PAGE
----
National Weather Service United States Department of Commerce

Figure 1 shows the geographic regions across West Central Texas, which are referenced in this event summary. 

Figure 1:  Geographic Regions of West-Central Texas.

Precipitation for May was much above normal across west-central Texas.  Total precipitation for the month for all of west-central Texas except southwestern Crockett County ranged from 5 to 15 inches (Figure 2). 


Figure 2: Total Precipitation  for May, 2015.

The higher amounts (more than 10 inches) were generally across parts  of the Northwest Hill Country, Heartland, western Concho Valley and western Big Country, and most  of the northern Big Country.  These monthly amounts were far above normal.  In southwest Crockett County, the monthly precipitation was in the range of 2-5 inches, which is still above normal for that location.       

Temperatures averaged below normal for the month. Table 1 (below) summarizes May 2015 temperature, precipitation, and departure from normal for Abilene and San Angelo. 


Average Temperature(Degrees F)

Departure from Normal(Degrees F) Normal Average Temperature(Degrees F) Total Precipitation(Inches) Departure from Normal(Inches) Normal May Precipitation(Inches)
Abilene  71.4 -1.0 73.0 5.34 2.16 3.18
San Angelo  73.4 -1.0 74.5 9.12 6.30 2.82

Table 1: May Climate Data for Abilene and San Angelo.

An unusually wet weather pattern prevailed in May across west-central Texas, and across a broad area encompassing Texas and Oklahoma.  This was brought about by a combination of factors.  The flow pattern aloft allowed numerous strong upper level disturbances to enter Texas from the southwestern states and adjacent northern Mexico.  In the lower levels, a persistent southeasterly flow from the Gulf of Mexico kept considerable moisture in the area.  Numerous severe weather and heavy rain events occurred during the month, as the upper level disturbances interacted with moist and unstable air over the region.

For San Angelo, the May precipitation of 9.12 inches ranks as the 2nd wettest May.  In addition, this precipitation ranks as the 5th wettest of any month on record.  Table 2 (below) summarizes the top 5 wettest May precipitation amounts, along with the top 5 wettest months on record for San Angelo.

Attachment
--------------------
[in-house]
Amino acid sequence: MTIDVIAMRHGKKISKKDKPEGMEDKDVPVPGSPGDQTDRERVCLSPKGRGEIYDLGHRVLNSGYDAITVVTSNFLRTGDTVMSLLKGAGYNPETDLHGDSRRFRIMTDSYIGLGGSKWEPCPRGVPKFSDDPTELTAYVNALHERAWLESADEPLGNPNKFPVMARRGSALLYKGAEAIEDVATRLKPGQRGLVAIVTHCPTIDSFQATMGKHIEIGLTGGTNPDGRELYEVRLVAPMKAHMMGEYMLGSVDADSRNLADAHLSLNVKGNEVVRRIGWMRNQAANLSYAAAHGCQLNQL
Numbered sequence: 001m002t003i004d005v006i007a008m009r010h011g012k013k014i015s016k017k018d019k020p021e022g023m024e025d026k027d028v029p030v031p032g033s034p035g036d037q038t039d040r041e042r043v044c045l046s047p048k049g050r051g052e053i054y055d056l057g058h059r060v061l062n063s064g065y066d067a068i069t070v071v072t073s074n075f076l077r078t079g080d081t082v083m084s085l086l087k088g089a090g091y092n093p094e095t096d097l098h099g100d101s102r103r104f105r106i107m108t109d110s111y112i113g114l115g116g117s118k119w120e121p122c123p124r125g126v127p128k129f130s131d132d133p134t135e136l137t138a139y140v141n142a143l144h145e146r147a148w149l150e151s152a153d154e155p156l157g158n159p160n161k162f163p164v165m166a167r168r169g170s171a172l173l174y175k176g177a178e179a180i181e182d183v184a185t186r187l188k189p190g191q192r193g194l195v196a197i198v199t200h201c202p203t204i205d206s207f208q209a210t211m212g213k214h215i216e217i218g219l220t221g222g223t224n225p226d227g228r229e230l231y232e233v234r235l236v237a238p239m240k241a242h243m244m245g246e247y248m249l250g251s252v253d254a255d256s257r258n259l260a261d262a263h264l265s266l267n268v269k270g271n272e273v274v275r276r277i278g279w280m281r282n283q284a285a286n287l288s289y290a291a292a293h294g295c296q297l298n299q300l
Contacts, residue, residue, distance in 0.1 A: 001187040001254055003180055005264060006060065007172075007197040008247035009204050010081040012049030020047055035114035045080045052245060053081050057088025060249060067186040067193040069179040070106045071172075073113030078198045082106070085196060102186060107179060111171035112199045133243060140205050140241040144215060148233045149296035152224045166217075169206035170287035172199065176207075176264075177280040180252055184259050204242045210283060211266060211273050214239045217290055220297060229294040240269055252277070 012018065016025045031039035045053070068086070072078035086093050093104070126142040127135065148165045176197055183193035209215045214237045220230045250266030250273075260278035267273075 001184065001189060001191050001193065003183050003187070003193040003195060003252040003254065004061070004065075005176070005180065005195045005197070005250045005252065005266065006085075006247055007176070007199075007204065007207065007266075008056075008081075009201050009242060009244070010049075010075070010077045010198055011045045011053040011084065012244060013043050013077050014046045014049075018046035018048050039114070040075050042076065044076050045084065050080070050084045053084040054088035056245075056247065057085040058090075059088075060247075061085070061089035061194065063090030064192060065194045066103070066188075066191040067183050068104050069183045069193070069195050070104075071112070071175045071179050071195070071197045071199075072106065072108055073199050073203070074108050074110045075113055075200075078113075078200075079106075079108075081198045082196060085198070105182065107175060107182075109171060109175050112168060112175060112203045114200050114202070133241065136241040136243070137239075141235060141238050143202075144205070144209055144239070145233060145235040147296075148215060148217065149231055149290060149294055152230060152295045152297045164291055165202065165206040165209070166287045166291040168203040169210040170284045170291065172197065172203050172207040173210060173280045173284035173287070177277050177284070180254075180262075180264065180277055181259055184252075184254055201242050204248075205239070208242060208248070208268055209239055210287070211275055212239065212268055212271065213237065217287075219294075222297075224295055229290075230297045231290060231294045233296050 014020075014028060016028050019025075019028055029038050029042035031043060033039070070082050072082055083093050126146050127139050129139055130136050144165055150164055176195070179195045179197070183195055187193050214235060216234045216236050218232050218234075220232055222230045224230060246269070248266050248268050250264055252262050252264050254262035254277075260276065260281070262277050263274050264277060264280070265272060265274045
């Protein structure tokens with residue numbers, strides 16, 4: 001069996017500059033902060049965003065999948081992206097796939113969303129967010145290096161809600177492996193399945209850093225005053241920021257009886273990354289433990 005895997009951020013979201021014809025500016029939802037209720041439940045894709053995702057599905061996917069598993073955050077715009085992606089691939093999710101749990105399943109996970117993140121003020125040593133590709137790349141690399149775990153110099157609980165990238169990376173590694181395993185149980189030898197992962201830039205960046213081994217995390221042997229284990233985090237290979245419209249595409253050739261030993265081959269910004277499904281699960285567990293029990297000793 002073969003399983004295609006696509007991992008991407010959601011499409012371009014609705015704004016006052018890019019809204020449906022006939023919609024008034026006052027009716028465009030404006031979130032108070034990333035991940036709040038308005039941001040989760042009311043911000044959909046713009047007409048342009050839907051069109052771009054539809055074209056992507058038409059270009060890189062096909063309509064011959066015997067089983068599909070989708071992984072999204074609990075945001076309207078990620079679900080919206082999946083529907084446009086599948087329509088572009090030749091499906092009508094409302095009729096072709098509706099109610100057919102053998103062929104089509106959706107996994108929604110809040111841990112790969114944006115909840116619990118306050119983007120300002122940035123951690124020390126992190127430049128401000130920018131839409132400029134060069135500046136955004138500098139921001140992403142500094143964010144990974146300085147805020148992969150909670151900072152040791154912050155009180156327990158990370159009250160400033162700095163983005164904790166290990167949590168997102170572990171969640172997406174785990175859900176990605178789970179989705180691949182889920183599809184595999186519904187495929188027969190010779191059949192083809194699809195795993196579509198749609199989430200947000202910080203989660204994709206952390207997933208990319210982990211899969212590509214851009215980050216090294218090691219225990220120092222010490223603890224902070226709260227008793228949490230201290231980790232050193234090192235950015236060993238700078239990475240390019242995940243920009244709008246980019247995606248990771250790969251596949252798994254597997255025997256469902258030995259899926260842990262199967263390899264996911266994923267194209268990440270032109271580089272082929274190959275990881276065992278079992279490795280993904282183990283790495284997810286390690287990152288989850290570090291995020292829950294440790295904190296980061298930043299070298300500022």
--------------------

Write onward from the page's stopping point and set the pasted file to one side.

Wettest May

Rank Precipitation Year
1 11.24  1987
2 9.12  2015
3 7.75 2014
4 7.28 1986
5 7.10 1957
Wettest Month
Rank Precipitation Month, Year
1 27.65 Sep, 1936
2 11.24 May, 1987
3 11.00 Sep, 1980
4 9.20 Sep, 1959
5 9.12 May, 2015




          Table 2: Top 5 Wettest May and Top 5 Wettest Monthly Precipitation Amounts, for San Angelo.

A very active pattern prevailed during May, with numerous severe weather and heavy rain events.  All types of severe weather occurred including tornadoes, large hail, and damaging winds.  As the ground became saturated from repeated heavy rain events, additional heavy rainfall caused flash flooding.  Most of the flooding and flash flooding occurred during the second half of the month.  Runoff from this rainfall led to rises on area streams and creeks.  Flooding occurred along a portion of the Clear Fork Brazos River near Fort Griffin.  The water runoff from this rainfall also increased water levels on some of the area reservoirs, especially at Lake Stamford, Lake Brownwood, and O.C. Fisher.  

A summary of reports for the San Angelo county warning and forecast area is shown in Table 3 (below).  


 Type of Report  Number of Reports
 Tornado  9
 Funnel Cloud  9
 Large Hail (quarter sized or larger)  101
 Thunderstorm Wind Damage  25
 Severe Thunderstorm Wind Gusts (greater than or equal to 58 mph)  51
 Flood/Flash Flood  22



          Table 3: Severe Weather and Flood/Flash Flood Reports for May, in the National Weather Service San Angelo County Warning Area. 

With the precipitation and increased cloud cover, daytime temperatures were held down on a number of days in May.  San Angelo, Abilene and Junction recorded no days with highs of 100 degrees or more.  The number of days with high temperatures 90 degree or above were 6 at San Angelo, 3 at Abilene, and 2 at Junction.